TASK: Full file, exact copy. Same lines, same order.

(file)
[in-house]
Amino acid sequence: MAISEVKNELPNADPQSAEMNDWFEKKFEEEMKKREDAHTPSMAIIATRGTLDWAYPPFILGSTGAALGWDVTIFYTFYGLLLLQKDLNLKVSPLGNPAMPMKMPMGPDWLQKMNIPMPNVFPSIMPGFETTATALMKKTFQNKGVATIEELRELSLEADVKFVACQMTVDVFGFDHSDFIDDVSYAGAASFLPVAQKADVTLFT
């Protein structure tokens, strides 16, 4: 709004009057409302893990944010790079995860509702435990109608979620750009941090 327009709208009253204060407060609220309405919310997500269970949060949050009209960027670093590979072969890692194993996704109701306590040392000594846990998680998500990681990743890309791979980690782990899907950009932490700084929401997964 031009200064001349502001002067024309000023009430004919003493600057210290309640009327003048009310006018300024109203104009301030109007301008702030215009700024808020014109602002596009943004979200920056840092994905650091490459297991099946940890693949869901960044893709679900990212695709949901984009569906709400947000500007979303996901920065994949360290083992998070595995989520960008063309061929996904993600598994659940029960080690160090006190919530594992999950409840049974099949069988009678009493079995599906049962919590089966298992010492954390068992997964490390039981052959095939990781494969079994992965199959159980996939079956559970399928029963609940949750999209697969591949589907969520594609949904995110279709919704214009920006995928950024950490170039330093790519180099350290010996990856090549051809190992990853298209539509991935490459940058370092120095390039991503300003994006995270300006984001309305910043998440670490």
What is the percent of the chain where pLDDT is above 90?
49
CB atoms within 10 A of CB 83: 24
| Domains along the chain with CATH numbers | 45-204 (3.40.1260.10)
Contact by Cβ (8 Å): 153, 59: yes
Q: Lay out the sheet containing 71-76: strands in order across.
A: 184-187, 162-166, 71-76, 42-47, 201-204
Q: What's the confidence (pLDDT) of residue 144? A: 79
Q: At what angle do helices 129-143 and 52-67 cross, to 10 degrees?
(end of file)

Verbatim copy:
[in-house]
Amino acid sequence: MAISEVKNELPNADPQSAEMNDWFEKKFEEEMKKREDAHTPSMAIIATRGTLDWAYPPFILGSTGAALGWDVTIFYTFYGLLLLQKDLNLKVSPLGNPAMPMKMPMGPDWLQKMNIPMPNVFPSIMPGFETTATALMKKTFQNKGVATIEELRELSLEADVKFVACQMTVDVFGFDHSDFIDDVSYAGAASFLPVAQKADVTLFT
């Protein structure tokens, strides 16, 4: 709004009057409302893990944010790079995860509702435990109608979620750009941090 327009709208009253204060407060609220309405919310997500269970949060949050009209960027670093590979072969890692194993996704109701306590040392000594846990998680998500990681990743890309791979980690782990899907950009932490700084929401997964 031009200064001349502001002067024309000023009430004919003493600057210290309640009327003048009310006018300024109203104009301030109007301008702030215009700024808020014109602002596009943004979200920056840092994905650091490459297991099946940890693949869901960044893709679900990212695709949901984009569906709400947000500007979303996901920065994949360290083992998070595995989520960008063309061929996904993600598994659940029960080690160090006190919530594992999950409840049974099949069988009678009493079995599906049962919590089966298992010492954390068992997964490390039981052959095939990781494969079994992965199959159980996939079956559970399928029963609940949750999209697969591949589907969520594609949904995110279709919704214009920006995928950024950490170039330093790519180099350290010996990856090549051809190992990853298209539509991935490459940058370092120095390039991503300003994006995270300006984001309305910043998440670490």
What is the percent of the chain where pLDDT is above 90?
49
CB atoms within 10 A of CB 83: 24
| Domains along the chain with CATH numbers | 45-204 (3.40.1260.10)
Contact by Cβ (8 Å): 153, 59: yes
Q: Lay out the sheet containing 71-76: strands in order across.
A: 184-187, 162-166, 71-76, 42-47, 201-204
Q: What's the confidence (pLDDT) of residue 144? A: 79
Q: At what angle do helices 129-143 and 52-67 cross, to 10 degrees?